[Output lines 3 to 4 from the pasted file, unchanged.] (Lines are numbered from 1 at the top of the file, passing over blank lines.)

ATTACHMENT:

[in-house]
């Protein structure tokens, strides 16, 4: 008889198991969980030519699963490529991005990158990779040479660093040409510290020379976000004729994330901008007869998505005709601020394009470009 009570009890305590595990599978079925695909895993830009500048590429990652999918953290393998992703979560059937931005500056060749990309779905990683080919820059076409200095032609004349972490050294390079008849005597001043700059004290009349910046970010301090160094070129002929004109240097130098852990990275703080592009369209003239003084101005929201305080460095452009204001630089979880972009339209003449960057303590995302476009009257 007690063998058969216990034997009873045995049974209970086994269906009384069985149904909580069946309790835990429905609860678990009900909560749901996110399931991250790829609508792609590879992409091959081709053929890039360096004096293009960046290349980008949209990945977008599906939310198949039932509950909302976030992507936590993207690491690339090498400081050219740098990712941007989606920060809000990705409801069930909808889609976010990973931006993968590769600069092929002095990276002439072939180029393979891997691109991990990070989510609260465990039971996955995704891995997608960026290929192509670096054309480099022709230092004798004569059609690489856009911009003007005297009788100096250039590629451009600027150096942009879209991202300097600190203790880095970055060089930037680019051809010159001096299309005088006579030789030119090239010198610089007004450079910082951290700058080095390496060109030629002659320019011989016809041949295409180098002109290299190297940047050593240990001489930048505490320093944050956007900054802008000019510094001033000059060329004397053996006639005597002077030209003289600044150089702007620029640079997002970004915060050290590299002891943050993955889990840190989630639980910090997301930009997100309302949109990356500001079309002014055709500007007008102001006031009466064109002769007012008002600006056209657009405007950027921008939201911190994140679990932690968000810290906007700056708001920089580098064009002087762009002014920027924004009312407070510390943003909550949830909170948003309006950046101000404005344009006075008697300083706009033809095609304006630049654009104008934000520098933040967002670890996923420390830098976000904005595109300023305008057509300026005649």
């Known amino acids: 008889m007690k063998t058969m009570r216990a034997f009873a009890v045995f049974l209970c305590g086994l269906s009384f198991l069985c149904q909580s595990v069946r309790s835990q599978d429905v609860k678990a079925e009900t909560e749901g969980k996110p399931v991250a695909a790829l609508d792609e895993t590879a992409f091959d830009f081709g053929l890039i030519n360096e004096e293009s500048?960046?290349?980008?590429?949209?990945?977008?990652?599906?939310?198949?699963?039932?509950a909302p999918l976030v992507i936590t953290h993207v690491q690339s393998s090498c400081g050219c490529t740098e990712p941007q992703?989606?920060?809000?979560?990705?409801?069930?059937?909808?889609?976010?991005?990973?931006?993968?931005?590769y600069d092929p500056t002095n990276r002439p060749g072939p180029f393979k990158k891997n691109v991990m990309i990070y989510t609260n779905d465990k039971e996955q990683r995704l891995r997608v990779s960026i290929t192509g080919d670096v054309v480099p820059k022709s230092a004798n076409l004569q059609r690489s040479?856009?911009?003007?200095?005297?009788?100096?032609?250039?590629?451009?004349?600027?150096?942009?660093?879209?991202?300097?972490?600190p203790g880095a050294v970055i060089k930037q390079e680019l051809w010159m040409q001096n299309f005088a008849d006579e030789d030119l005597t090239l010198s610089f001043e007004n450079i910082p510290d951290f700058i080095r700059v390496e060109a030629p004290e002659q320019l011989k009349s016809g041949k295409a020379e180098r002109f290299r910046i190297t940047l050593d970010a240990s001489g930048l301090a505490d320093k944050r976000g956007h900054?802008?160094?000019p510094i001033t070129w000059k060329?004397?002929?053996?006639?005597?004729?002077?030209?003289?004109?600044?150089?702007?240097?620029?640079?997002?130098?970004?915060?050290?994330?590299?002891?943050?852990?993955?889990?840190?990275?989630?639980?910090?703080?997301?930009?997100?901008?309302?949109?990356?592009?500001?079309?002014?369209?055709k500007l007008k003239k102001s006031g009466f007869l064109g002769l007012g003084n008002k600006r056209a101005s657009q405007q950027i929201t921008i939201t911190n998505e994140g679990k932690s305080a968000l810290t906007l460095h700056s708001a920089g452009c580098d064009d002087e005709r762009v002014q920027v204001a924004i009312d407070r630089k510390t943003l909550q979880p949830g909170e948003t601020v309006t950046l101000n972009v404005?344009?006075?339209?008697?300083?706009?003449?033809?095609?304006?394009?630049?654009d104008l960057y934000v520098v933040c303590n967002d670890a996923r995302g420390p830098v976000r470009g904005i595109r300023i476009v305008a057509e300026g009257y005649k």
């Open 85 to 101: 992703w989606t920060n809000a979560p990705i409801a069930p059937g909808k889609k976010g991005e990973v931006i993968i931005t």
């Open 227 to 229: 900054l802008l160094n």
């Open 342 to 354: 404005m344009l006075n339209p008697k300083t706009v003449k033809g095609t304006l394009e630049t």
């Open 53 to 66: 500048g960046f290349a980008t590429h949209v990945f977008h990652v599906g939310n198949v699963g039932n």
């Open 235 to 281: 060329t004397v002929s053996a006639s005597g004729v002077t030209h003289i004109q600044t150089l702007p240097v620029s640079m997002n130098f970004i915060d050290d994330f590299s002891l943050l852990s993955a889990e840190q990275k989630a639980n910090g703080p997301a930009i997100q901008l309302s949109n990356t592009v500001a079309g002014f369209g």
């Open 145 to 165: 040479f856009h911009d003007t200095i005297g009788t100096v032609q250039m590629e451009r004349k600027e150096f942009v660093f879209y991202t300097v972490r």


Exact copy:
């Known amino acids: 008889m007690k063998t058969m009570r216990a034997f009873a009890v045995f049974l209970c305590g086994l269906s009384f198991l069985c149904q909580s595990v069946r309790s835990q599978d429905v609860k678990a079925e009900t909560e749901g969980k996110p399931v991250a695909a790829l609508d792609e895993t590879a992409f091959d830009f081709g053929l890039i030519n360096e004096e293009s500048?960046?290349?980008?590429?949209?990945?977008?990652?599906?939310?198949?699963?039932?509950a909302p999918l976030v992507i936590t953290h993207v690491q690339s393998s090498c400081g050219c490529t740098e990712p941007q992703?989606?920060?809000?979560?990705?409801?069930?059937?909808?889609?976010?991005?990973?931006?993968?931005?590769y600069d092929p500056t002095n990276r002439p060749g072939p180029f393979k990158k891997n691109v991990m990309i990070y989510t609260n779905d465990k039971e996955q990683r995704l891995r997608v990779s960026i290929t192509g080919d670096v054309v480099p820059k022709s230092a004798n076409l004569q059609r690489s040479?856009?911009?003007?200095?005297?009788?100096?032609?250039?590629?451009?004349?600027?150096?942009?660093?879209?991202?300097?972490?600190p203790g880095a050294v970055i060089k930037q390079e680019l051809w010159m040409q001096n299309f005088a008849d006579e030789d030119l005597t090239l010198s610089f001043e007004n450079i910082p510290d951290f700058i080095r700059v390496e060109a030629p004290e002659q320019l011989k009349s016809g041949k295409a020379e180098r002109f290299r910046i190297t940047l050593d970010a240990s001489g930048l301090a505490d320093k944050r976000g956007h900054?802008?160094?000019p510094i001033t070129w000059k060329?004397?002929?053996?006639?005597?004729?002077?030209?003289?004109?600044?150089?702007?240097?620029?640079?997002?130098?970004?915060?050290?994330?590299?002891?943050?852990?993955?889990?840190?990275?989630?639980?910090?703080?997301?930009?997100?901008?309302?949109?990356?592009?500001?079309?002014?369209?055709k500007l007008k003239k102001s006031g009466f007869l064109g002769l007012g003084n008002k600006r056209a101005s657009q405007q950027i929201t921008i939201t911190n998505e994140g679990k932690s305080a968000l810290t906007l460095h700056s708001a920089g452009c580098d064009d002087e005709r762009v002014q920027v204001a924004i009312d407070r630089k510390t943003l909550q979880p949830g909170e948003t601020v309006t950046l101000n972009v404005?344009?006075?339209?008697?300083?706009?003449?033809?095609?304006?394009?630049?654009d104008l960057y934000v520098v933040c303590n967002d670890a996923r995302g420390p830098v976000r470009g904005i595109r300023i476009v305008a057509e300026g009257y005649k």
């Open 85 to 101: 992703w989606t920060n809000a979560p990705i409801a069930p059937g909808k889609k976010g991005e990973v931006i993968i931005t």